What About The Wasp?

What About The Wasp?

What About The Wasp?

Ant-Man is going to be filming soon. The choice of Michael Douglas to play a probably-retired Hank Pym was controversial enough, but what do you do with a problem like Janet Van Dyne?

Marvel has clearly given Edgar Wright a long leash on his adaptation of Ant-Man and his supporting cast. Personally, I think what they've announced has been a fresh take on what could otherwise an underwhelming franchise, and I say this as a big fan of Hank Pym and the “Pym Family” in the comics. Embracing Ant-Man as a legacy character is a great way to capitalize on what makes Pym and Scott Lang interesting and unique with minimal screen time. The casting of Paul Rudd even suggests there may be shades of the Irredeemable Eric O'Grady in his performance. But where does this leave the Wasp? We've already heard rumors of Rashida Jones being considered, but no one knows how she'll fit into the story at all.

Tales to Underwhelm


Janet Van Dyne's Wasp was introduced to Hank Pym's Ant-Man in Tales to Astonish #44 as the daughter of Pym's partner in science. In essence, she's a spoiled heiress who is given superpowers by her boyfriend. Most of her early adventures consist of being Ant-Man's sexy sidekick and “the girl” on the Avengers, primarily concerning herself with the fashion of her costume and the more superficial side of super-adventuring. Over the years, she certainly grew into a more grounded and relatable character, but like so many of the less iconic Silver Agers, she lacked a singular emotionally-resonant moment that defined her as a hero. At least, until she got one...

Let's Just Talk About “It”


Everyone who knows anything about Hank Pym knows about this panel. It is, unfortunately, the defining moment for him as a fictional character, but it has also become the defining moment for Janet, as well. Even decades later, years after the couple had separated, writers of the comics continued to fixate on Janet as a battered wife (sometimes as a helpless victim to be pitied, other times as a sympathetic divorcee trying to move on with her life, and still others as an embittered ex who blew the whole thing out of proportion). Regardless of the writer's approach, Janet's reaction to this moment was her most central defining quality... and that's all a bit heavy for the generally lighthearted tone of the Marvel Cinematic Universe.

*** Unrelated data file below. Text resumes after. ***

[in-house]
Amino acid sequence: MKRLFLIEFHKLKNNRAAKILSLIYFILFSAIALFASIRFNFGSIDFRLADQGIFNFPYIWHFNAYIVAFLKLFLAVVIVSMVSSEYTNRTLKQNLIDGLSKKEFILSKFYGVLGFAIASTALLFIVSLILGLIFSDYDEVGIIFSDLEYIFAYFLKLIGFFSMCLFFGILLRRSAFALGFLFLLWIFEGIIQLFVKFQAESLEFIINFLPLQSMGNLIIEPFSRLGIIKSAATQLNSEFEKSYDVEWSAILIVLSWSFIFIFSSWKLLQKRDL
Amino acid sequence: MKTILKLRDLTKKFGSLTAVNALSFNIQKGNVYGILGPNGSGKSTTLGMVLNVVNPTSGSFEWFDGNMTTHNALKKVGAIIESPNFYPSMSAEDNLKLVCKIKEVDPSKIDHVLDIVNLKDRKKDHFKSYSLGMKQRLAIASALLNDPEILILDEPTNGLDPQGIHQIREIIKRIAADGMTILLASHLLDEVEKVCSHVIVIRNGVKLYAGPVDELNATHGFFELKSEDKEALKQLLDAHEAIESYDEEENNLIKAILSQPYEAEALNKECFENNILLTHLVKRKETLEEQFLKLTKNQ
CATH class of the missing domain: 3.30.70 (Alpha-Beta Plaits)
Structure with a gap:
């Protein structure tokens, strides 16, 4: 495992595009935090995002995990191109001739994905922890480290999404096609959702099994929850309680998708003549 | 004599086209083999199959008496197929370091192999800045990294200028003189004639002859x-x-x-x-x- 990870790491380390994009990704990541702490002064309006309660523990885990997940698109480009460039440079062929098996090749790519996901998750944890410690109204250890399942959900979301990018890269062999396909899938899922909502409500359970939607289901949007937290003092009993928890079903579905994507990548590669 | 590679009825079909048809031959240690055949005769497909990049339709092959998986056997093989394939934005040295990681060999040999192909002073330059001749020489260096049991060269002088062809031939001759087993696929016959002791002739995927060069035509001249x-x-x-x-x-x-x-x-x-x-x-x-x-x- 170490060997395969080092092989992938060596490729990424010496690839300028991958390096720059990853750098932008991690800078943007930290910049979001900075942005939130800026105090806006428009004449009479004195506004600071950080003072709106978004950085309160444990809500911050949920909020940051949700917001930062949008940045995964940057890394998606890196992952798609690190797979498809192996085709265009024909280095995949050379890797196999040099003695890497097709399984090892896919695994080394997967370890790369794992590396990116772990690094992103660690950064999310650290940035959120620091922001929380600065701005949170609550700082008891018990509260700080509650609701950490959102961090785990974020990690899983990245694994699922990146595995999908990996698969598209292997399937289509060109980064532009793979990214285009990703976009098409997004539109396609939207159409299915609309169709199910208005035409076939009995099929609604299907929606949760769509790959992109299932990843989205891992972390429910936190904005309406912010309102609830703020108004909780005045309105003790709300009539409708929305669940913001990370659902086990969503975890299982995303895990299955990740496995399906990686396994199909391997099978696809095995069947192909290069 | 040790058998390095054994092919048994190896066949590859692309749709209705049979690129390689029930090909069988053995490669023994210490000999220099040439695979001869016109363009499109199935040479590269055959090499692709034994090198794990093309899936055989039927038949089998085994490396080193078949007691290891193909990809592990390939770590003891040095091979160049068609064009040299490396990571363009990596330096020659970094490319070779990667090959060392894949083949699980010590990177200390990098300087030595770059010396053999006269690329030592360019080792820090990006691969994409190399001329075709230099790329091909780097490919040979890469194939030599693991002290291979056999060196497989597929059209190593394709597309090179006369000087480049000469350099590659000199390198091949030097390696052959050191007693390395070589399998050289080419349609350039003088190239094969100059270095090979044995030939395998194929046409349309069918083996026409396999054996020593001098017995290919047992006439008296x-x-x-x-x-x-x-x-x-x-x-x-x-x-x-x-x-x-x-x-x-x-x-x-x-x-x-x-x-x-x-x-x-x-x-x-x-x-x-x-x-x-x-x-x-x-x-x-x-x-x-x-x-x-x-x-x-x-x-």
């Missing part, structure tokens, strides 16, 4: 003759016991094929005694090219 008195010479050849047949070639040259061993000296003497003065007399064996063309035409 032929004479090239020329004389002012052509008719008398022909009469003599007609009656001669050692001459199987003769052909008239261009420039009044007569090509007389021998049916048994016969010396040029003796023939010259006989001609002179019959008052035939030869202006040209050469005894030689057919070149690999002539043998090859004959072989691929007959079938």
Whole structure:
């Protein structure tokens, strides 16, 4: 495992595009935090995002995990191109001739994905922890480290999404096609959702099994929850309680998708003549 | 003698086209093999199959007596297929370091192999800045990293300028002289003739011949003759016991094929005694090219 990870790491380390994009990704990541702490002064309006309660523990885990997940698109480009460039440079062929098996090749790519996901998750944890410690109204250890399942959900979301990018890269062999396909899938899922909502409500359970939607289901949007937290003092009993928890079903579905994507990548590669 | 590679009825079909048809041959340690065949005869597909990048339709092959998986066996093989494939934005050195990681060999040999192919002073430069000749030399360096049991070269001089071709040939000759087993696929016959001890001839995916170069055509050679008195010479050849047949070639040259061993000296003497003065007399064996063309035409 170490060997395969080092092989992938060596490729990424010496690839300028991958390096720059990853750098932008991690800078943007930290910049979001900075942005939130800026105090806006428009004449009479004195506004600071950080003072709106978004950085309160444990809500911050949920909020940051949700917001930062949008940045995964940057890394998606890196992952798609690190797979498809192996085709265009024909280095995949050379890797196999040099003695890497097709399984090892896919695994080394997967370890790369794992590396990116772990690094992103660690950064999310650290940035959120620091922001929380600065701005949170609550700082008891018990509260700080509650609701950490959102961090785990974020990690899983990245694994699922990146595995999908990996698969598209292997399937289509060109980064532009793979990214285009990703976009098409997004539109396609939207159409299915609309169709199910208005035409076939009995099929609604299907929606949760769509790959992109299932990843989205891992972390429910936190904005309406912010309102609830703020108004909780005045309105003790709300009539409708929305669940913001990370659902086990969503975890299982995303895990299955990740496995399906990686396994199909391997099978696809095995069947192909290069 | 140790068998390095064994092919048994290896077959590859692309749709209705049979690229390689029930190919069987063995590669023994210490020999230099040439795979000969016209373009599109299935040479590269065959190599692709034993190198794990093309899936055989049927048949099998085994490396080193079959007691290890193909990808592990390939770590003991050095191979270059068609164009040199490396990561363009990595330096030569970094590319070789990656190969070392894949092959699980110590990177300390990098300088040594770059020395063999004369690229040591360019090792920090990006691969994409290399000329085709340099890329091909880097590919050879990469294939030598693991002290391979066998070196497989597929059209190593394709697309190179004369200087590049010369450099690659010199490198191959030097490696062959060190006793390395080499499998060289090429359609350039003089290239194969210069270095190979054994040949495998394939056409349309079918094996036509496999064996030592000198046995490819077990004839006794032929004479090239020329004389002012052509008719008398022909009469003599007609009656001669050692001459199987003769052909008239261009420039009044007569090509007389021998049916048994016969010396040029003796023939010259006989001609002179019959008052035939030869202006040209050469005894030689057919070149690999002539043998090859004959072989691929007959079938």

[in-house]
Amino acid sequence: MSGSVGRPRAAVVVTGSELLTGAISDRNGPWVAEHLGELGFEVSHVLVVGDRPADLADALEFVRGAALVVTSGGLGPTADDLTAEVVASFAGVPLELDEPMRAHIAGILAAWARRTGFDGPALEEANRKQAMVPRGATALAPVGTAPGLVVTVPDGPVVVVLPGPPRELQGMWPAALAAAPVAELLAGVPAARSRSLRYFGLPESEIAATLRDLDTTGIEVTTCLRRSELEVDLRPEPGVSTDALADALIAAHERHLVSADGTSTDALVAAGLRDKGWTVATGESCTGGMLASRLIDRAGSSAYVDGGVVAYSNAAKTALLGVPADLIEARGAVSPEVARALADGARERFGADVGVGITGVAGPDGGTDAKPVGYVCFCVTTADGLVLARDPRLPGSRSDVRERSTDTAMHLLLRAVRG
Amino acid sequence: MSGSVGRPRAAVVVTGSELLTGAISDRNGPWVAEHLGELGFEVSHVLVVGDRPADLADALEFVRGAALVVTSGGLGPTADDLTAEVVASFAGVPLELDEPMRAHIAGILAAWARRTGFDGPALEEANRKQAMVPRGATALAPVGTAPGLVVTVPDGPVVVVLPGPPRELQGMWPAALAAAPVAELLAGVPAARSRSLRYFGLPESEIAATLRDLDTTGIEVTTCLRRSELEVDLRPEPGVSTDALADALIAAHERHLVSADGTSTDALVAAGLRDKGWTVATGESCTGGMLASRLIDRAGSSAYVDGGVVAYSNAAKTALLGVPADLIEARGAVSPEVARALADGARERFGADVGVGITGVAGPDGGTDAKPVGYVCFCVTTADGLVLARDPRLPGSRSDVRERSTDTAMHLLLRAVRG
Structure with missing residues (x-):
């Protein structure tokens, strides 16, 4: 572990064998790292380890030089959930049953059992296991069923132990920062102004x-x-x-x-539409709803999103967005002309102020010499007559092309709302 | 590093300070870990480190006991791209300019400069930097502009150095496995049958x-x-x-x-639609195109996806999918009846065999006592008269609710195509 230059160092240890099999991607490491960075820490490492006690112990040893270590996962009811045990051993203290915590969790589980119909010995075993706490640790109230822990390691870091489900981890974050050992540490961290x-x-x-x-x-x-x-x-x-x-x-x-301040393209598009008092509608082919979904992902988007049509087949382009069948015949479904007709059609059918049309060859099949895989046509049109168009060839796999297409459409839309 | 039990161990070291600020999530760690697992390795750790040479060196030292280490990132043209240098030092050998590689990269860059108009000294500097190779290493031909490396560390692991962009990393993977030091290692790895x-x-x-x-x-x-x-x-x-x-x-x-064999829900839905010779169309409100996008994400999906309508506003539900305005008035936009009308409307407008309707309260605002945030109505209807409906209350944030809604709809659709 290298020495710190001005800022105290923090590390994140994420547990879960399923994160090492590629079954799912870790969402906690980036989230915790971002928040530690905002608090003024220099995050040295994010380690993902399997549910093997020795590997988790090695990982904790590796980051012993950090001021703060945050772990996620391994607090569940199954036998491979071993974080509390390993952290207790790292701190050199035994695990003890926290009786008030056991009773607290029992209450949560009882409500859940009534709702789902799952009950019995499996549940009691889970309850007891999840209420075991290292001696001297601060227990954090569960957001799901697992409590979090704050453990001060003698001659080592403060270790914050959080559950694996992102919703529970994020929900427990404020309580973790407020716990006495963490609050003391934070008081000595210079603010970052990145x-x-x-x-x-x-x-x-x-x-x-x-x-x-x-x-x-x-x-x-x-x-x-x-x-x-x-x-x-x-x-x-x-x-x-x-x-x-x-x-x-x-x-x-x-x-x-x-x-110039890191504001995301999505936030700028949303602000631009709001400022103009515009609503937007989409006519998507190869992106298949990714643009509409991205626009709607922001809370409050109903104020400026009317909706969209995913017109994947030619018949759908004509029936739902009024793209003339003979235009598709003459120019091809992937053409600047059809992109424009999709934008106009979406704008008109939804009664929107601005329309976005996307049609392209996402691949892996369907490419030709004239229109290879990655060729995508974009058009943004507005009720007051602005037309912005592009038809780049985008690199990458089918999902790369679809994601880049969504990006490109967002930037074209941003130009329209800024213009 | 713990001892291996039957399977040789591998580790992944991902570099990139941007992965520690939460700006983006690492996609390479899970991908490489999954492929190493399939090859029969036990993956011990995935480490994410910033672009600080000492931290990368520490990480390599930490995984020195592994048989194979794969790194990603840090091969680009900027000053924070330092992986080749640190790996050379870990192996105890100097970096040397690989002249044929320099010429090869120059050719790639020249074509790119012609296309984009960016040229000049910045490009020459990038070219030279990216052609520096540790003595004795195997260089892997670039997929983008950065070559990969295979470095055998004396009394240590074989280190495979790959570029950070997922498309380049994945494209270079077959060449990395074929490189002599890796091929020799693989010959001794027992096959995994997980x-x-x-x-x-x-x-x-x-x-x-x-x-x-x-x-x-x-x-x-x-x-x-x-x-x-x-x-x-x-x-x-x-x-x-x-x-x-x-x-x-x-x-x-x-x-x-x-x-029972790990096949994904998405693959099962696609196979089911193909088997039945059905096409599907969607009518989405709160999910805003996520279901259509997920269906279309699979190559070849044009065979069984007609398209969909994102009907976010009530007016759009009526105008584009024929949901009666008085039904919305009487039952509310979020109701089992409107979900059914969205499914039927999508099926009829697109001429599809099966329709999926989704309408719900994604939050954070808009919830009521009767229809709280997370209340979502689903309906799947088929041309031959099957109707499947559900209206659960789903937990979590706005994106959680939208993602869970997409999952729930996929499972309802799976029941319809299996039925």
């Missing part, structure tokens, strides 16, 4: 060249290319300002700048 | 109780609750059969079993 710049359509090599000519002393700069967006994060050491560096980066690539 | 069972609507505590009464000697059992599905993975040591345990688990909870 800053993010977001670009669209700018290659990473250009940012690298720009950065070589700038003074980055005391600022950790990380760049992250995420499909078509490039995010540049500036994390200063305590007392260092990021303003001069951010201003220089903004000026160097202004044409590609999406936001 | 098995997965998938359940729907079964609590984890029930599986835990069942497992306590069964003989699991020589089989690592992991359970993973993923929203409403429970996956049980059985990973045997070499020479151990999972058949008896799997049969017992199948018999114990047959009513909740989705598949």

Time for a Fresh Start?


It's all a bit hazy right now what, if any, role Janet will play in Edgar Wright's film. She may still be the daughter of Hank's fellow researcher, turned girlfriend and wife, even if she is 30 years younger than him. Or she could skip a generation and be Scott Lang's love interest instead. Or both. She may begin the movie as the Wasp or never put on a costume. But if we're going shake up the canon of Ant-Man for the movies, why does she have to be shoehorned into any of these things at all?

If Hank Pym has been active since the 1970's as Ant-Man, then it wouldn't be at all surprising for S.H.I.E.L.D. to have developed their own applications for Pym Particles in the meantime (just as they have done in various incarnations in the comics). Is it really that much of a stretch to imagine Wasp as Agent Janet Van Dyne, Infiltration Specialist?



It doesn't mean her personality has to be changed, anyway. She can still be the superficial daughter of Pym's lab partner without being wedded (literally or figuratively) to Pym himself. S.H.I.E.L.D. agents can come in all flavors, and it might be nice to see someone a little less stoic on the job. Moreover, by gaining her powers through S.H.I.E.L.D., she would no longer be “just Ant-Man's girlfriend”, but a hero in her own right. Worthy of joining the Avengers on her own terms, like the cinematic versions of Hawkeye or Falcon or Black Widow. Plus, putting narrative distance between her and Hank Pym undermines the audience expectation that at some point she's going to be involved in some form of domestic abuse.



I loved Hank and Janet's characters and relationship in the recent Earth's Mightiest Heroes series, but no matter how good it seemed, they couldn't escape that sense of foreboding. As soon as Hank showed the slightest signs of being unhinged, my thoughts turned to how bad it could get...



...and that's not really a good place to be. Thank you for reading and I want to know what you think about this. Is Wasp being a S.H.I.E.L.D. Agent a bridge too far? How much should comicbook canon affect decisions about the MCU, and should movie-makers go out of their way to avoid this particularly troubling aspects of these characters' history?
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